Even though, Italian press has a strong regional character it continues to have “historically low level of readership; a predominance of regional over national papers; a notable lack of independence of the press; virtual nonexistence of a popular press; and the existence of a group of daily ‘news’papers that are devoted solely to either sports, religious news or other specialized and sensationalist topics” (Lumley 1996; Doyle 2002).

Broadcast Media

Radio and television markets in Germany and Italy are competitive and highly depended-on by the public for news and entertainment.

·         Radio

German radio is similar to the ‘public institution’ style of BBC Broadcasting, only more diverse as it is regulated separately in each of its 16 (Länder) states (Hickethier 1996; Pfetsch 1996). There are 51 AM stations, 767 FM stations, and four short-wave stations in Germany out of which only six percent of the public depend on the radio for news from the 77.8 million radios in Germany. Evidently, German radio is losing its importance in the twenty-first century (Ross and Fuher 2006; J. Kleinsteube and Thomass 2010).

Radio televisione Italiana (RAI) is the largest state owner of Italian’s public service broadcasting service. Two of RAI’s most listened-to stations are Radio Uno (news, public affairs, culture) and Radio Due (news, culture, music, entertainment) with an average of 6.2 and 3.8 million listeners in 2009. Radio Tre and Radio Capital are both “talk-radio formats” owned by RDI and L’Espresso group respectively.  Among numerous local FM stations, the largest share belong to music stations RTL, RDS-Radio Dimensione Suono and Radio Deejay; all have over 5million listeners (Giomi 2010; T.Scott 2009; Barlie and Rao 1992).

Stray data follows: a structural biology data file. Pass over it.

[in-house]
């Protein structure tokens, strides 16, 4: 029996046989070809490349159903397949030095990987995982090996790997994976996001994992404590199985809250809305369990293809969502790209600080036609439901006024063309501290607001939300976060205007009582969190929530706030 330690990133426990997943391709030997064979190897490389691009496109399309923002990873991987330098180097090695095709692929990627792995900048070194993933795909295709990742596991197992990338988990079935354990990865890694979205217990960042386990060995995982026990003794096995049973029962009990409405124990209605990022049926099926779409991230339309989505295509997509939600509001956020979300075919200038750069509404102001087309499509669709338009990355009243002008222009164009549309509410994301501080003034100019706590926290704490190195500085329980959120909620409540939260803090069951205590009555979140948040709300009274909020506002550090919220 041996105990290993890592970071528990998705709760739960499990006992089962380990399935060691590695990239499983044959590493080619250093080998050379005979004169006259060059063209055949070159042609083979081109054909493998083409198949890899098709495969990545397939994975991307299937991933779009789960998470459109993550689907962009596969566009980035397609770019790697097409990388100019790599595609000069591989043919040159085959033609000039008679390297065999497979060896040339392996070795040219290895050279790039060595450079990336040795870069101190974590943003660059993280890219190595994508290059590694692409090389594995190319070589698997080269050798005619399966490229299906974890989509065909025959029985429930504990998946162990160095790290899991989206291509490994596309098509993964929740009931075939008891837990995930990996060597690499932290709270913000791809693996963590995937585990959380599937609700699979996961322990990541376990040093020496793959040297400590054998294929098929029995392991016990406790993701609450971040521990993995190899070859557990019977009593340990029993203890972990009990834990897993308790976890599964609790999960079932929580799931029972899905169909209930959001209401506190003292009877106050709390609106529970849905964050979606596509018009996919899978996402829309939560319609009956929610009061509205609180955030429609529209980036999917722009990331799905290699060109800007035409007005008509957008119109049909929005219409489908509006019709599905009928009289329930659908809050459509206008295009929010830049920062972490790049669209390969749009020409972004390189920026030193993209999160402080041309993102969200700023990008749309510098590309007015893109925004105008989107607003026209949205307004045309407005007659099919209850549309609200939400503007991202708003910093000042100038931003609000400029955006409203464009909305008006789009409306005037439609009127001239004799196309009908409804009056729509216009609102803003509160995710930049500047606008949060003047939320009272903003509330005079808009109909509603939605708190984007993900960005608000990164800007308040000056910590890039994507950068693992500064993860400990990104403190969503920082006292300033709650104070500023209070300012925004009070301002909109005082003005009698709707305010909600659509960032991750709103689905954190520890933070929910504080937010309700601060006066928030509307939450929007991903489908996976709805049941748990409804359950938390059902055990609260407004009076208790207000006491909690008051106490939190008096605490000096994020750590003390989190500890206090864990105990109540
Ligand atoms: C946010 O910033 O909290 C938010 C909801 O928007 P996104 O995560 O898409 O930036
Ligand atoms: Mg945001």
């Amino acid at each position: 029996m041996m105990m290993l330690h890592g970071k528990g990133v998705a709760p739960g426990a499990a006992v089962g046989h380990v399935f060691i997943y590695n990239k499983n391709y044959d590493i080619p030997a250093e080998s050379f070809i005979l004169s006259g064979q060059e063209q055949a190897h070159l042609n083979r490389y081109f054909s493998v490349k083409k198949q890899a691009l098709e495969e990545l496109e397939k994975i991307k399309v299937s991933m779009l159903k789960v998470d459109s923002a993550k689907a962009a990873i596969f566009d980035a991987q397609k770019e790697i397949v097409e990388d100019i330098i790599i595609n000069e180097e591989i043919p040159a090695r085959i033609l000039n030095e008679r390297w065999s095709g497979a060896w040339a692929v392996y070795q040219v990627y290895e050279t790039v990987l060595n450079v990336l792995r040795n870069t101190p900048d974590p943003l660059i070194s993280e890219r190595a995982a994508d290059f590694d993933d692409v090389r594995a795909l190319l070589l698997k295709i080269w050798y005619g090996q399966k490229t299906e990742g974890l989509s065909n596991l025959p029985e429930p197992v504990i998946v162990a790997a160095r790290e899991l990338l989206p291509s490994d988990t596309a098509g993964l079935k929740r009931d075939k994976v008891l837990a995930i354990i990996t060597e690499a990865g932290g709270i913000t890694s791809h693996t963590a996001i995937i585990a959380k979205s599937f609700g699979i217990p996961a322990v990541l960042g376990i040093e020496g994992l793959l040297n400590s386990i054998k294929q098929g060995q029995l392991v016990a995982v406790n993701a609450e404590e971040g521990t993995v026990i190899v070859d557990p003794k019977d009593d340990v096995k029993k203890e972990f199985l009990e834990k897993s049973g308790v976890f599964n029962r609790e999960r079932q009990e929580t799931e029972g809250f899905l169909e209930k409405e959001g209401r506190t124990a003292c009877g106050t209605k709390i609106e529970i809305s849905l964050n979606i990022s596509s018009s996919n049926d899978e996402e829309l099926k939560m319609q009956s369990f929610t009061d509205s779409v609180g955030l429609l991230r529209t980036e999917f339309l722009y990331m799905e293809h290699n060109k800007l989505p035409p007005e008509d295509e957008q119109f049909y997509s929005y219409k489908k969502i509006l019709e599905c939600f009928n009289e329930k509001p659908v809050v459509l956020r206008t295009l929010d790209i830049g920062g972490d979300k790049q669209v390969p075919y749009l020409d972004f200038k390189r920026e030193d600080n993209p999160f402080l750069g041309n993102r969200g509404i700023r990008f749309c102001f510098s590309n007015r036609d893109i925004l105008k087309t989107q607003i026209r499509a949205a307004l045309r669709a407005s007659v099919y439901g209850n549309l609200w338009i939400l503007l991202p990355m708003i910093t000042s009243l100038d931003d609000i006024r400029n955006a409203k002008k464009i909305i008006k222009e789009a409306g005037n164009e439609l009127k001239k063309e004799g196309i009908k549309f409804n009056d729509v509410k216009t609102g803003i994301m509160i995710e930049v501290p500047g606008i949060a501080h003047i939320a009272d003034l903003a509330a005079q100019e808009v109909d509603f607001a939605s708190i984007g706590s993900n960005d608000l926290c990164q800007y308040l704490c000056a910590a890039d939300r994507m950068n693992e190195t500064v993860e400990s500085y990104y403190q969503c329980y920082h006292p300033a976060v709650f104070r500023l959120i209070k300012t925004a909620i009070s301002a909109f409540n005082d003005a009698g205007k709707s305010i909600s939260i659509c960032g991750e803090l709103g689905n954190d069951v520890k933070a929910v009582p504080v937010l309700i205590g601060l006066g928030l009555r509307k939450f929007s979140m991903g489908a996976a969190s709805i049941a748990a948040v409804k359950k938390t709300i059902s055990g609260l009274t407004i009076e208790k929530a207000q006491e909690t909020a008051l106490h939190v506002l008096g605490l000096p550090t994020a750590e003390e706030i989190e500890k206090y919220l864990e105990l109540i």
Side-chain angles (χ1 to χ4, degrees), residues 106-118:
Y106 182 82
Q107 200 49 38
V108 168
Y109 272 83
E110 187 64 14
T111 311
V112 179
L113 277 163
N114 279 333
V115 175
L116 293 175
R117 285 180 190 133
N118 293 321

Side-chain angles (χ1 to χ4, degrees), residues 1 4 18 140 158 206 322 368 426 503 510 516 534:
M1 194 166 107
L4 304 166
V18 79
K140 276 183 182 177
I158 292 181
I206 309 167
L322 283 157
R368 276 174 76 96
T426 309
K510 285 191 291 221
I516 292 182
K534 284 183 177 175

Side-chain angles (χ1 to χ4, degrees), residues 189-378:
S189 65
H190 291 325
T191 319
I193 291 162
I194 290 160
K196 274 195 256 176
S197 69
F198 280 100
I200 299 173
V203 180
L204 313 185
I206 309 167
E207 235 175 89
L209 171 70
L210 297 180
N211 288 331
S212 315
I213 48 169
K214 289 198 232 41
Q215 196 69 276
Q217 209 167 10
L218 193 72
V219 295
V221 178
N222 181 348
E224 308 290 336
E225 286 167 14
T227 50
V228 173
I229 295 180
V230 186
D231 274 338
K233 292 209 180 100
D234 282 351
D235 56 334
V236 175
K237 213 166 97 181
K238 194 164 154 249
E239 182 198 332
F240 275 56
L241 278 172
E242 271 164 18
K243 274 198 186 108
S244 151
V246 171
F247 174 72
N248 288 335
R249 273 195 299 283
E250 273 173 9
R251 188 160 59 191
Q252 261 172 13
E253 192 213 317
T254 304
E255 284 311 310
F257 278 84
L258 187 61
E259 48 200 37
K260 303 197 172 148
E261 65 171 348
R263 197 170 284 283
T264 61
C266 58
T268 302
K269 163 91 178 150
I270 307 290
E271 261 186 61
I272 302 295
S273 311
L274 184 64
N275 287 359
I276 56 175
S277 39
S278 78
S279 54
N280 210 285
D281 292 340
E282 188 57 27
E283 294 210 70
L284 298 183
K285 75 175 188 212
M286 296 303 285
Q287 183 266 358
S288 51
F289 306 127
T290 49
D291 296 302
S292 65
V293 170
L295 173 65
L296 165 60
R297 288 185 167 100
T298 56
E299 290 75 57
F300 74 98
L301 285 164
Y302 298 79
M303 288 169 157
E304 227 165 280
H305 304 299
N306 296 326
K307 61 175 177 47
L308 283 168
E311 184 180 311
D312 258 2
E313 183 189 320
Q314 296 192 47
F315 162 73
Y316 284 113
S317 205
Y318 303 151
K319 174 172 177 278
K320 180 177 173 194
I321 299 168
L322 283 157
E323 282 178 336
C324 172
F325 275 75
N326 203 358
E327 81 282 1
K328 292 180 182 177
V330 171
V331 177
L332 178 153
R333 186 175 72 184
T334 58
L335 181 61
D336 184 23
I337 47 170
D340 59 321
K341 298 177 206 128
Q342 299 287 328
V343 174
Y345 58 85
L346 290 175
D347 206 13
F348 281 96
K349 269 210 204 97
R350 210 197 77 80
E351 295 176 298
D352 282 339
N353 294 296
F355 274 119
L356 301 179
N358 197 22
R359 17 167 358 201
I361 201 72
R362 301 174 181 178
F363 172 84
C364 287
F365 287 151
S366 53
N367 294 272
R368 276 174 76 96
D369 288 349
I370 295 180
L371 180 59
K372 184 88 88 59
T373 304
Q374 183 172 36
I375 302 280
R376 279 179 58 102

·         Television

Germans television is split between public and commercial programmers. ARD[iv], the first regional broadcaster set up in 1950 and is renowned for its oldest nation-wide TV channel “Das Erste”. The Second German Television or ZDF[v]  is based on an agreement of all Länder (ZDF-Staatsvertrag). Commercial broadcasters in Germany are ProSiebenSAT, previously owned by Kirch and Bertelsmann’s RTL Group S.A. who owns TV channels in about a dozen European countries (Reinemann and Eichholz 2006).